Friday, November 30, 2012

Intrepreting the term "Social Entrepreneurship"


Social entrepreneurship - a term that has been driving me nuts. So, I decide to put things on notepad and attempt to get some clarity.

We had a chat here @IRMA with Mrs. Rohini Nilekani a few days back. She brought one very eye opening perspective of some entrepreneurs to the table - every entrepreneur creates jobs, gives an opportunity for livelihoods to at least a few people and because the enterprise is actually benefiting people, it is social. Very logical too. Then, how do we classify something as a social enterprise and something as just an enterprise. I guess the answer lies in the needs the enterprise is trying to address. Basic needs like food, water, good air, clothing and housing are not meant for any specific sector, they are the needs of every human around. And there are needs of niche segments,and when I say niche segments - it is not about an elitist class. Its niche because most of the people actually do not fall in that category.

     In this context, social for me means - something relating to the majority of the population, not the niche. Something done in the niche segments is also social, but it is relatively less social. When we talk about enterprises or organizations working to address problems of education,water,sanitation,basic health, minimal housing - we are talking about organizations trying to meet the needs of a large section of our society. Its more apt that they are labelled social than those firms which are adding value to those people who
already have met their basic needs.

        The above two paragraphs might be suggesting that something like mafia is also a social enterprise. This is where the motivation behind the organizations and the impact of the organizations come into picture. When we talk about being social, it is about respecting certain values in the society - honesty, integrity, ethics, it is about being able to maintain law and order, it is about doing something that doesn't have a negative effect on the very basic fabric, the very basic needs that the organization is trying to address. Of what use is a biological form without air, water and food. What use of electricity if there is no house to live in? And such values, such regulations one could say, are applicable to all organizations - because they are all a part of the society.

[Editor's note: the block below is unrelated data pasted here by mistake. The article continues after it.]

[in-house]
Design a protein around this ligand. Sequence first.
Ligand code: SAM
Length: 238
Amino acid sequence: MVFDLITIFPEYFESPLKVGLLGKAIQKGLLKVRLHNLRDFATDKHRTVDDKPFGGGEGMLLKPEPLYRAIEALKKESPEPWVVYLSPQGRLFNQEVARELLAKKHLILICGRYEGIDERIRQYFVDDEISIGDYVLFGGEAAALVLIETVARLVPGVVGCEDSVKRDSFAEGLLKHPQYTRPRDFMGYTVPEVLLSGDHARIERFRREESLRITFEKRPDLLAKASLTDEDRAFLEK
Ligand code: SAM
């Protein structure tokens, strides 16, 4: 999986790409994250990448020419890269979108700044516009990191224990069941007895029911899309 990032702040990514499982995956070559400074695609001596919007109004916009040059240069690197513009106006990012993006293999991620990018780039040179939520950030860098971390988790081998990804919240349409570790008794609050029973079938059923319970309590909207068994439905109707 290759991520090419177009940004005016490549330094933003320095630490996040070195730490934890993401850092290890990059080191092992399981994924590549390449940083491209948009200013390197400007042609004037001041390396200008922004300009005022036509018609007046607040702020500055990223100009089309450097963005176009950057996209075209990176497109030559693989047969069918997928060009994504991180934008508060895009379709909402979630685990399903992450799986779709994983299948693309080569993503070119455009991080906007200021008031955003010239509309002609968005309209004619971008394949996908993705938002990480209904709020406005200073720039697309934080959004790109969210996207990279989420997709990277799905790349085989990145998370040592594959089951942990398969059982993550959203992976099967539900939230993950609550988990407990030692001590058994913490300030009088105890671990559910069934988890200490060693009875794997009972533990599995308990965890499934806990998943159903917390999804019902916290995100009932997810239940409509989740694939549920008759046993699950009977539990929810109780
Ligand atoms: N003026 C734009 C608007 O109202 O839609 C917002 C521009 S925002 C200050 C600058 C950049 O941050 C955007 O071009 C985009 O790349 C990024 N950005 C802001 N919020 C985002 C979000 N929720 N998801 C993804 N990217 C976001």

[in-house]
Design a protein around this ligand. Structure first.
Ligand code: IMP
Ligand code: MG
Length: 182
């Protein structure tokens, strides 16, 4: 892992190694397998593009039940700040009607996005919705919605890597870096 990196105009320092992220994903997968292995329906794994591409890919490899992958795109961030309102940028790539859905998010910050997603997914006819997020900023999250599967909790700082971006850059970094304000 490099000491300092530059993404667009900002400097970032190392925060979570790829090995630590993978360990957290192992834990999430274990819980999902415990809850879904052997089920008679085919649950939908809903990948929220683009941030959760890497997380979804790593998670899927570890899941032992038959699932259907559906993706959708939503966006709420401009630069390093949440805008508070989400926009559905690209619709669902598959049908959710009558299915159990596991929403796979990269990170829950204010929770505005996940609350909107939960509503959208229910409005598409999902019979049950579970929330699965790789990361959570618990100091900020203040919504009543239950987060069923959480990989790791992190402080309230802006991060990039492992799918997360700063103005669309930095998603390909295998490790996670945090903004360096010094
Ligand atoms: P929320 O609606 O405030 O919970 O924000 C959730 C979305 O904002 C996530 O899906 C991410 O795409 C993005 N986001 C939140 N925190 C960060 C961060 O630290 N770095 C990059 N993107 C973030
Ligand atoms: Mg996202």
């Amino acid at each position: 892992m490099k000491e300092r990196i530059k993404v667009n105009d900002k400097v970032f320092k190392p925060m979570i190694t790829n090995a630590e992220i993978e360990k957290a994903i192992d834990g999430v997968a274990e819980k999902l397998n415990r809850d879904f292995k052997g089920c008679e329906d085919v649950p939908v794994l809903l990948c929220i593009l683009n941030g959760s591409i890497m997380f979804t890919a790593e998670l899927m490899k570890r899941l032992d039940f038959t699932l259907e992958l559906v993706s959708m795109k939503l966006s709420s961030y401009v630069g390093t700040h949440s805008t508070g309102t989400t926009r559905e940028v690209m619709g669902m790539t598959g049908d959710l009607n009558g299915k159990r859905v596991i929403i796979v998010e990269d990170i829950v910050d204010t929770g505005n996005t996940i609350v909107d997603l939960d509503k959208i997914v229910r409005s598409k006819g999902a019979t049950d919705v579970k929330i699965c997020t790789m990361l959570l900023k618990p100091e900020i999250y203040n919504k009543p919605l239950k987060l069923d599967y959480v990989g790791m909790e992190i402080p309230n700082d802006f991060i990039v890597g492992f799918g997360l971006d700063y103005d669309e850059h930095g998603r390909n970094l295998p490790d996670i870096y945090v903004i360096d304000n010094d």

Most importantly, how stable is the argument? Do basic needs change? People might want to live on trees and wear nothing, but the need for clean air, water, edible food and health will still be intact. These needs are not relative. Do basic values change? Integrity,love,honesty. I think they are absolute too. Some years down the line, we might be successful in meeting the current set of basic needs only to make us take steps in addressing the next basic set of needs of a larger part of the population. That larger part
could be a niche segment today!

And finally, does this organization need to be self sustaining? For all I know, if one is skillful enough to run the firm through profits, let him do. If one has such great PR skills and well-off well wishers that he doesn't need to think about profits, that's great too. Different people bring different strengths to the table and whatever works, works.

I won't say I rest my case here, this is the best I could muster so far. Looking forward to your views now.

3 comments:

Nidhi Bansal said...

So nicely put in Swaroop !!!

krishnaswaroop konidena said...

thanks Nidhi :)!!!

ANKITA SIROHI said...

nicely put swaroop!! though missed da talk but ds provides an insight...put up da clipping soon too!!